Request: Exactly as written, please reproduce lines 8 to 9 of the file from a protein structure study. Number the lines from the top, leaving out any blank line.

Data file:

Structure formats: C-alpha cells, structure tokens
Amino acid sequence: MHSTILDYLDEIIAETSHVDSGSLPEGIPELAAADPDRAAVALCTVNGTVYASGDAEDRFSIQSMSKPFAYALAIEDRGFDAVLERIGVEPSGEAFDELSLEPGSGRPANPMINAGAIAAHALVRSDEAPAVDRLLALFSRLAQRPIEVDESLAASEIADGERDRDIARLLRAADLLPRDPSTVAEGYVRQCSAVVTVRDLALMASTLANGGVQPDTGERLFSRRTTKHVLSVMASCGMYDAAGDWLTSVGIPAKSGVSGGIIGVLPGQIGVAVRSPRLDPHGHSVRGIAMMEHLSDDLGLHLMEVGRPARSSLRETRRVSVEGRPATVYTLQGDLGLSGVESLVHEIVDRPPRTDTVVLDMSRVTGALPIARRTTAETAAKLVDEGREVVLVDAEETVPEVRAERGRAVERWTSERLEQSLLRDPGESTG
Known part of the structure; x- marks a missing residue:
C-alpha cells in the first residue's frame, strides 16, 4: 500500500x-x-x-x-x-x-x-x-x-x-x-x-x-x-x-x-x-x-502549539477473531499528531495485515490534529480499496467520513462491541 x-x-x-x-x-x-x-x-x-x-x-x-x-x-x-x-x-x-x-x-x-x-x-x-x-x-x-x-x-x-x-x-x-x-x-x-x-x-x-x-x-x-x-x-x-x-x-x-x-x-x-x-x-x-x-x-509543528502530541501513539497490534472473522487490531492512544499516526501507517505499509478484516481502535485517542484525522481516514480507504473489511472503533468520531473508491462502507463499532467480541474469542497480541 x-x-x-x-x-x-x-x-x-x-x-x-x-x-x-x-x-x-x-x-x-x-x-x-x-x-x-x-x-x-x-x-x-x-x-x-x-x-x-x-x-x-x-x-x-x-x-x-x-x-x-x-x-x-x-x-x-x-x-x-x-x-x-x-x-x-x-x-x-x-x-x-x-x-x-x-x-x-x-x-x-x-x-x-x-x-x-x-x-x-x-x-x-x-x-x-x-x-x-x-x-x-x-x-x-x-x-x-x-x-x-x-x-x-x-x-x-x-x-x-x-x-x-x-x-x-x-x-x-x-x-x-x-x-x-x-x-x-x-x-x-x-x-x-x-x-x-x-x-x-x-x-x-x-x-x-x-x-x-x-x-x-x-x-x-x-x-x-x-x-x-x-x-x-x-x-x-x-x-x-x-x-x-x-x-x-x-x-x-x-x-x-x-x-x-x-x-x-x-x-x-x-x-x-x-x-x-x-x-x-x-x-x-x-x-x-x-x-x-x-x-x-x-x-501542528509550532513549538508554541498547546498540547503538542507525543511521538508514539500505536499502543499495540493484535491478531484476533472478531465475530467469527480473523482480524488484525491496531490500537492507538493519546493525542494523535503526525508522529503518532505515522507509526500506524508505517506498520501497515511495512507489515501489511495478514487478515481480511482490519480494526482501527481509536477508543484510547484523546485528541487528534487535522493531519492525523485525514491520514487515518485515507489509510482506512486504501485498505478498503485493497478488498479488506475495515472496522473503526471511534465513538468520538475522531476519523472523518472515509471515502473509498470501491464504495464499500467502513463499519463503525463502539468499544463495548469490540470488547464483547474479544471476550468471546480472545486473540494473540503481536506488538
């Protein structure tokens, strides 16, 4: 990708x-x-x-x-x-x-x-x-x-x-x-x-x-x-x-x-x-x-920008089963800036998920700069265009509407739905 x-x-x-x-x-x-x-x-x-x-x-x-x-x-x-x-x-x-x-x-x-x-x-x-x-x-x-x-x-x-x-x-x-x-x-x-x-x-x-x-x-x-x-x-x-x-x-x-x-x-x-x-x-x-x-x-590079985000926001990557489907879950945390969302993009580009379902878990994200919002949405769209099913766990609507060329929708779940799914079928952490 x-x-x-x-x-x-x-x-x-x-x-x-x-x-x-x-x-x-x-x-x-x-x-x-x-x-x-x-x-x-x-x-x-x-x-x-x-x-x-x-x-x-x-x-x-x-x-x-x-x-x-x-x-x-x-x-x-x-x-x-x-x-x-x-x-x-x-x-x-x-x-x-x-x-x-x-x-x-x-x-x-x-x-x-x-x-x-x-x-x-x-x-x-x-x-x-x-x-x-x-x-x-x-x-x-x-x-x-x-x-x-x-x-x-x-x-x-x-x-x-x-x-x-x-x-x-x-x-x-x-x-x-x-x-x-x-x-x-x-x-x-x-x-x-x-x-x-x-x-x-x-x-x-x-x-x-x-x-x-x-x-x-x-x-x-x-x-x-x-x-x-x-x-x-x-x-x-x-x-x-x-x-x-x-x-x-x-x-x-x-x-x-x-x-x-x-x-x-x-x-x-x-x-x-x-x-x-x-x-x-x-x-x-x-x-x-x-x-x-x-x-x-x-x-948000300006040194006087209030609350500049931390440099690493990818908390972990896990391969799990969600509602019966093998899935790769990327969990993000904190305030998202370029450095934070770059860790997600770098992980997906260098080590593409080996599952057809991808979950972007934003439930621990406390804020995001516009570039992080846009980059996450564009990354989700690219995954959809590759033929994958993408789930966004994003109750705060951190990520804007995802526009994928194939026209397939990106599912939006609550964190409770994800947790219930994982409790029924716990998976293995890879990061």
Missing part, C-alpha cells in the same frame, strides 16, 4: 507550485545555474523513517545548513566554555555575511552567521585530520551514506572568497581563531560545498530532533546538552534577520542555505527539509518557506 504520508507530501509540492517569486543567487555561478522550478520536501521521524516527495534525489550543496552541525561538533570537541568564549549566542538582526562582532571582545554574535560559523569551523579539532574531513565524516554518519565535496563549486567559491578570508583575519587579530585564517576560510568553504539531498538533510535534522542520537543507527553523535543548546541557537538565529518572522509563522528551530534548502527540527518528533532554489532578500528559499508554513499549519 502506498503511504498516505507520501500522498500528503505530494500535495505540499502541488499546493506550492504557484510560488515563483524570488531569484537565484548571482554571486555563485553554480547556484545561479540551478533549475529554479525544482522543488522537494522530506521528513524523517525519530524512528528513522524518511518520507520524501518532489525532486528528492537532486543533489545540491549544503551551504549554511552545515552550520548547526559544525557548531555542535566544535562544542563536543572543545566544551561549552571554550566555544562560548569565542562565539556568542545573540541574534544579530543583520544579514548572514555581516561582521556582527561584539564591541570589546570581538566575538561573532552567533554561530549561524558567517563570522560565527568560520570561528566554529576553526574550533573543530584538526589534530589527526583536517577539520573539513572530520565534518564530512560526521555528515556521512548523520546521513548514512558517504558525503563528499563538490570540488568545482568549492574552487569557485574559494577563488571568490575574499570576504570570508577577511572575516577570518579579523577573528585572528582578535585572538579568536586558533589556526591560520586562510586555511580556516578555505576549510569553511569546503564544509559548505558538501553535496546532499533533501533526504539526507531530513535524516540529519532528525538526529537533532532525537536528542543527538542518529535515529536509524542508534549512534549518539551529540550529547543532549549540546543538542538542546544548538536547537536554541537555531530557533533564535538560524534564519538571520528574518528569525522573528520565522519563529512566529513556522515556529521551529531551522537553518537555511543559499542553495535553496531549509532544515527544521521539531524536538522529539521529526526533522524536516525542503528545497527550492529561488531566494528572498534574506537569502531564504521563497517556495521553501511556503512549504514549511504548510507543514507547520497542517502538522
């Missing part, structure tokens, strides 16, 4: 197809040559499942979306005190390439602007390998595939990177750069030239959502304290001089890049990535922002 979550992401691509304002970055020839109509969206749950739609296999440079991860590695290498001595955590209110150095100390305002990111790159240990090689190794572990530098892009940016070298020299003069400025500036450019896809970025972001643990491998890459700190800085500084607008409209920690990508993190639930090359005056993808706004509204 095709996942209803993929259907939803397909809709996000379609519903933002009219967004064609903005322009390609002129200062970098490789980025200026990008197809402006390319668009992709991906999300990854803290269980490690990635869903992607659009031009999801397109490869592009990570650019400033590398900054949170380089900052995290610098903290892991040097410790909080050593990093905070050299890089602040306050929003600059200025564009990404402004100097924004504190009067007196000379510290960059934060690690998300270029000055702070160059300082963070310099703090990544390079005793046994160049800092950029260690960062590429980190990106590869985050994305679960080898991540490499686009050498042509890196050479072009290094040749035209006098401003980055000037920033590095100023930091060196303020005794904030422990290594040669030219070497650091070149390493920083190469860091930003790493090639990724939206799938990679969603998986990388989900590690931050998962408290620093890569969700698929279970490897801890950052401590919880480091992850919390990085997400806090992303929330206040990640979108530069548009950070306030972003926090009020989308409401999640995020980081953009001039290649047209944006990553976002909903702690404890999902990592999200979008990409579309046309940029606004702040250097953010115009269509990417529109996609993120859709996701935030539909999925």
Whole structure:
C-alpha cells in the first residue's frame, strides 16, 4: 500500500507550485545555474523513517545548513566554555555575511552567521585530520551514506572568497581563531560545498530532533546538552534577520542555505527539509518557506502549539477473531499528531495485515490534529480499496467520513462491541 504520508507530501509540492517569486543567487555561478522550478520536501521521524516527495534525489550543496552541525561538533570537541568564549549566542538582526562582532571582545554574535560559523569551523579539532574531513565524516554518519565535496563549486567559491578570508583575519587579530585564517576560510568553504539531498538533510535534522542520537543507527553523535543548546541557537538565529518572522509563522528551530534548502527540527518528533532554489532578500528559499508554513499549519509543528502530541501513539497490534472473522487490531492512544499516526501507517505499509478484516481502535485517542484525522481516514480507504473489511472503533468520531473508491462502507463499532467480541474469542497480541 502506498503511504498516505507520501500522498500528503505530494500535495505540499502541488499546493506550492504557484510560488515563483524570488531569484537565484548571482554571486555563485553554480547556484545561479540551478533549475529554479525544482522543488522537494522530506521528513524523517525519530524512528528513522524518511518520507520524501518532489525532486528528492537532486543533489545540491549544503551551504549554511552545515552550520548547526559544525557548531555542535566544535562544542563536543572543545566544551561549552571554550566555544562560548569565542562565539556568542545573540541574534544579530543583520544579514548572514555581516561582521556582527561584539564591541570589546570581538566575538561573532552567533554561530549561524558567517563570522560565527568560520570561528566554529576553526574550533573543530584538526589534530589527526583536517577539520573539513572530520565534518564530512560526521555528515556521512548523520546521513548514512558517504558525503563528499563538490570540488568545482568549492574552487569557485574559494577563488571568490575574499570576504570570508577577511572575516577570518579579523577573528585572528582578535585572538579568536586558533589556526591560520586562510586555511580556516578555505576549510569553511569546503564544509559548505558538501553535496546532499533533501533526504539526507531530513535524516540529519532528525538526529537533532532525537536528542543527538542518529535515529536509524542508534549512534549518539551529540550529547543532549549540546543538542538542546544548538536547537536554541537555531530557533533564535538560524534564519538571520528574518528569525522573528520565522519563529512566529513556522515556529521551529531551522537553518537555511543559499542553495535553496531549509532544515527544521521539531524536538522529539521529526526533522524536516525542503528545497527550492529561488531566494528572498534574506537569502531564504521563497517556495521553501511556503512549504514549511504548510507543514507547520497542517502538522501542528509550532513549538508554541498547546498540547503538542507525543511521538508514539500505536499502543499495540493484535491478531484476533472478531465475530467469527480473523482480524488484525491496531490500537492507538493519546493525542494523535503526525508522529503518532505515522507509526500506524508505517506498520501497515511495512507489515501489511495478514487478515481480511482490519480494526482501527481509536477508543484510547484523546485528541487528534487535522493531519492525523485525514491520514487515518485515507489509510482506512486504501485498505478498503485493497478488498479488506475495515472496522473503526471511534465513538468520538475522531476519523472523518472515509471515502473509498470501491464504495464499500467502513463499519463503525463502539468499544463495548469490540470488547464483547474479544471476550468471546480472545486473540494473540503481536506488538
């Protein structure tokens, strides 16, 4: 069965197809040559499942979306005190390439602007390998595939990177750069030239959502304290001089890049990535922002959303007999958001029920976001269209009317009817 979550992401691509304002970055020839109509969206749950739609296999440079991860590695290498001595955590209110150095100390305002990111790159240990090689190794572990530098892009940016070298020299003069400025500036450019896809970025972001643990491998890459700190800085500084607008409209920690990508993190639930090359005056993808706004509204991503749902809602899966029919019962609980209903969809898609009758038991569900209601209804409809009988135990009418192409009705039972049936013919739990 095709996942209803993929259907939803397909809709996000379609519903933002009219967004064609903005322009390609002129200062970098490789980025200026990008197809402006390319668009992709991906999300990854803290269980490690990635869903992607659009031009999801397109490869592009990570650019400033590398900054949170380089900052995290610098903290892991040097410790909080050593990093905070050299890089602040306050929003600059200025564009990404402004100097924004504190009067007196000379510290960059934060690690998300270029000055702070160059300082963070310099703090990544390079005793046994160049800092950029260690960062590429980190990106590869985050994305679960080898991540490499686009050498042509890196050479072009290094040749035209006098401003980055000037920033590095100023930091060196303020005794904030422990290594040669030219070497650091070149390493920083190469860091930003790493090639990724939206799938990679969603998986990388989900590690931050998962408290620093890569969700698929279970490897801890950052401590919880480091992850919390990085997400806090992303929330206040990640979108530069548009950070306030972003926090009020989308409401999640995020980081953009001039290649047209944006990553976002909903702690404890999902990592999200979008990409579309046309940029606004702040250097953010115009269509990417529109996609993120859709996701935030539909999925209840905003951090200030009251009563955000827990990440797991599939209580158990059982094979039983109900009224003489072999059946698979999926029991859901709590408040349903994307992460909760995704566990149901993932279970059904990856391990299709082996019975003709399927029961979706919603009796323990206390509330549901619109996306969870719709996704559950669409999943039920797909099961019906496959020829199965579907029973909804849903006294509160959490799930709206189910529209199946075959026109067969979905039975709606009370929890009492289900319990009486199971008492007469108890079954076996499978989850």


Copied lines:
Whole structure:
C-alpha cells in the first residue's frame, strides 16, 4: 500500500507550485545555474523513517545548513566554555555575511552567521585530520551514506572568497581563531560545498530532533546538552534577520542555505527539509518557506502549539477473531499528531495485515490534529480499496467520513462491541 504520508507530501509540492517569486543567487555561478522550478520536501521521524516527495534525489550543496552541525561538533570537541568564549549566542538582526562582532571582545554574535560559523569551523579539532574531513565524516554518519565535496563549486567559491578570508583575519587579530585564517576560510568553504539531498538533510535534522542520537543507527553523535543548546541557537538565529518572522509563522528551530534548502527540527518528533532554489532578500528559499508554513499549519509543528502530541501513539497490534472473522487490531492512544499516526501507517505499509478484516481502535485517542484525522481516514480507504473489511472503533468520531473508491462502507463499532467480541474469542497480541 502506498503511504498516505507520501500522498500528503505530494500535495505540499502541488499546493506550492504557484510560488515563483524570488531569484537565484548571482554571486555563485553554480547556484545561479540551478533549475529554479525544482522543488522537494522530506521528513524523517525519530524512528528513522524518511518520507520524501518532489525532486528528492537532486543533489545540491549544503551551504549554511552545515552550520548547526559544525557548531555542535566544535562544542563536543572543545566544551561549552571554550566555544562560548569565542562565539556568542545573540541574534544579530543583520544579514548572514555581516561582521556582527561584539564591541570589546570581538566575538561573532552567533554561530549561524558567517563570522560565527568560520570561528566554529576553526574550533573543530584538526589534530589527526583536517577539520573539513572530520565534518564530512560526521555528515556521512548523520546521513548514512558517504558525503563528499563538490570540488568545482568549492574552487569557485574559494577563488571568490575574499570576504570570508577577511572575516577570518579579523577573528585572528582578535585572538579568536586558533589556526591560520586562510586555511580556516578555505576549510569553511569546503564544509559548505558538501553535496546532499533533501533526504539526507531530513535524516540529519532528525538526529537533532532525537536528542543527538542518529535515529536509524542508534549512534549518539551529540550529547543532549549540546543538542538542546544548538536547537536554541537555531530557533533564535538560524534564519538571520528574518528569525522573528520565522519563529512566529513556522515556529521551529531551522537553518537555511543559499542553495535553496531549509532544515527544521521539531524536538522529539521529526526533522524536516525542503528545497527550492529561488531566494528572498534574506537569502531564504521563497517556495521553501511556503512549504514549511504548510507543514507547520497542517502538522501542528509550532513549538508554541498547546498540547503538542507525543511521538508514539500505536499502543499495540493484535491478531484476533472478531465475530467469527480473523482480524488484525491496531490500537492507538493519546493525542494523535503526525508522529503518532505515522507509526500506524508505517506498520501497515511495512507489515501489511495478514487478515481480511482490519480494526482501527481509536477508543484510547484523546485528541487528534487535522493531519492525523485525514491520514487515518485515507489509510482506512486504501485498505478498503485493497478488498479488506475495515472496522473503526471511534465513538468520538475522531476519523472523518472515509471515502473509498470501491464504495464499500467502513463499519463503525463502539468499544463495548469490540470488547464483547474479544471476550468471546480472545486473540494473540503481536506488538